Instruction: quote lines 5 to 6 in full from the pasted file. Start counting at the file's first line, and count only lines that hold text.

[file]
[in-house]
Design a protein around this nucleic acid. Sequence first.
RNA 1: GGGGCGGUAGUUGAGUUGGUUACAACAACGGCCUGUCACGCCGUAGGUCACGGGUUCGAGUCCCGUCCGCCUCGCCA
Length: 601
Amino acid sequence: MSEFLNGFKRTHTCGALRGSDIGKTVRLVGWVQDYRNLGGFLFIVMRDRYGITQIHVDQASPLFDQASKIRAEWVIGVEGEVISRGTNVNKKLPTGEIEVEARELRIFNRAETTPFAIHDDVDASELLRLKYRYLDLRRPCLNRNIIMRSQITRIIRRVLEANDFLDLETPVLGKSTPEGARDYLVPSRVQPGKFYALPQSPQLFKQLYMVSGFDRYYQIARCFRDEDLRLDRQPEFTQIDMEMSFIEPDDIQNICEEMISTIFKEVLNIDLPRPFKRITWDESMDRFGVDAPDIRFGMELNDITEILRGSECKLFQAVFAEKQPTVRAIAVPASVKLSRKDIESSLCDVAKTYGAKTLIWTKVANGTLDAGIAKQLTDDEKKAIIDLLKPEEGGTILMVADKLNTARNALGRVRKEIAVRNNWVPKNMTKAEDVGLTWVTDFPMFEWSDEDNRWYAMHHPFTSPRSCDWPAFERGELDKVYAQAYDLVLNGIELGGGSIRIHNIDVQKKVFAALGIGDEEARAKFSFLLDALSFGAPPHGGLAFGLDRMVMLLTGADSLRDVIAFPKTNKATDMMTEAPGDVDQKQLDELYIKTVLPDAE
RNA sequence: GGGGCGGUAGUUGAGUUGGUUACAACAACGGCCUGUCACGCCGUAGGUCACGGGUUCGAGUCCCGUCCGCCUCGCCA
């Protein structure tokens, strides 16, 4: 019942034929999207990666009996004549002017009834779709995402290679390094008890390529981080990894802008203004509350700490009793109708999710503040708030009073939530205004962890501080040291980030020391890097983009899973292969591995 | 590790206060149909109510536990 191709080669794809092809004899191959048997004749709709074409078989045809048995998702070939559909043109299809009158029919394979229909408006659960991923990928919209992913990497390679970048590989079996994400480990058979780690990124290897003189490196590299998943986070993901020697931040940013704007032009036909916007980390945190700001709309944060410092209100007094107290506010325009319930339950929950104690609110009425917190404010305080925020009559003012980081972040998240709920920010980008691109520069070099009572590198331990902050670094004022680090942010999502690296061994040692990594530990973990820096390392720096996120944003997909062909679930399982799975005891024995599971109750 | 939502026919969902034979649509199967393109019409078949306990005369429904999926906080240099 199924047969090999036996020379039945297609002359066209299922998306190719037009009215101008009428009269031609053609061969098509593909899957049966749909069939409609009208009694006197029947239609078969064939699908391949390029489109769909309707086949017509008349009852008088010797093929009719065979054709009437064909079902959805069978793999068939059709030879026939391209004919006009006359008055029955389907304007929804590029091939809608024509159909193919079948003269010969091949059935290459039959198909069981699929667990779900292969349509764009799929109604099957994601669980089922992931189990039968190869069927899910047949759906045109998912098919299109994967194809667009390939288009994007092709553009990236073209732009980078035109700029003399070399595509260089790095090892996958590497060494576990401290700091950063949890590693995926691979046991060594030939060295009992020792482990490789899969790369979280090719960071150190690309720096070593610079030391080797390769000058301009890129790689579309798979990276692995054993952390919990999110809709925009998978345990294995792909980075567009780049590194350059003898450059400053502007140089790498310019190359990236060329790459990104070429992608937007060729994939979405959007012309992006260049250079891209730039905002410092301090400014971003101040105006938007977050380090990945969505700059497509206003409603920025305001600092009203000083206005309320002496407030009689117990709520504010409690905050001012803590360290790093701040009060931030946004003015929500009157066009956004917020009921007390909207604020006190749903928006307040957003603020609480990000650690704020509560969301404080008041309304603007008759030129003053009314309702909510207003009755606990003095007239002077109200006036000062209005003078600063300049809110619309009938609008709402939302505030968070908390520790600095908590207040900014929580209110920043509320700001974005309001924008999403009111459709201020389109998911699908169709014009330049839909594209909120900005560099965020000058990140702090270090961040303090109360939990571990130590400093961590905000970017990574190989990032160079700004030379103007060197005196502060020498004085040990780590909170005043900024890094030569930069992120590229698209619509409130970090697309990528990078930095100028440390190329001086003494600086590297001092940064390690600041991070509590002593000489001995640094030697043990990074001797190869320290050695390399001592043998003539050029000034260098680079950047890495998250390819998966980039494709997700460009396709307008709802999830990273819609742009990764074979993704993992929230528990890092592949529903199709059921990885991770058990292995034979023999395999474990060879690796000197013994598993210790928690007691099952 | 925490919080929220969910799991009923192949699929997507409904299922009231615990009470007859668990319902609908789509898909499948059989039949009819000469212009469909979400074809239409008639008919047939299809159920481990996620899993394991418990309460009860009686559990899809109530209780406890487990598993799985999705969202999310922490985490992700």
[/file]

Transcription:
Amino acid sequence: MSEFLNGFKRTHTCGALRGSDIGKTVRLVGWVQDYRNLGGFLFIVMRDRYGITQIHVDQASPLFDQASKIRAEWVIGVEGEVISRGTNVNKKLPTGEIEVEARELRIFNRAETTPFAIHDDVDASELLRLKYRYLDLRRPCLNRNIIMRSQITRIIRRVLEANDFLDLETPVLGKSTPEGARDYLVPSRVQPGKFYALPQSPQLFKQLYMVSGFDRYYQIARCFRDEDLRLDRQPEFTQIDMEMSFIEPDDIQNICEEMISTIFKEVLNIDLPRPFKRITWDESMDRFGVDAPDIRFGMELNDITEILRGSECKLFQAVFAEKQPTVRAIAVPASVKLSRKDIESSLCDVAKTYGAKTLIWTKVANGTLDAGIAKQLTDDEKKAIIDLLKPEEGGTILMVADKLNTARNALGRVRKEIAVRNNWVPKNMTKAEDVGLTWVTDFPMFEWSDEDNRWYAMHHPFTSPRSCDWPAFERGELDKVYAQAYDLVLNGIELGGGSIRIHNIDVQKKVFAALGIGDEEARAKFSFLLDALSFGAPPHGGLAFGLDRMVMLLTGADSLRDVIAFPKTNKATDMMTEAPGDVDQKQLDELYIKTVLPDAE
RNA sequence: GGGGCGGUAGUUGAGUUGGUUACAACAACGGCCUGUCACGCCGUAGGUCACGGGUUCGAGUCCCGUCCGCCUCGCCA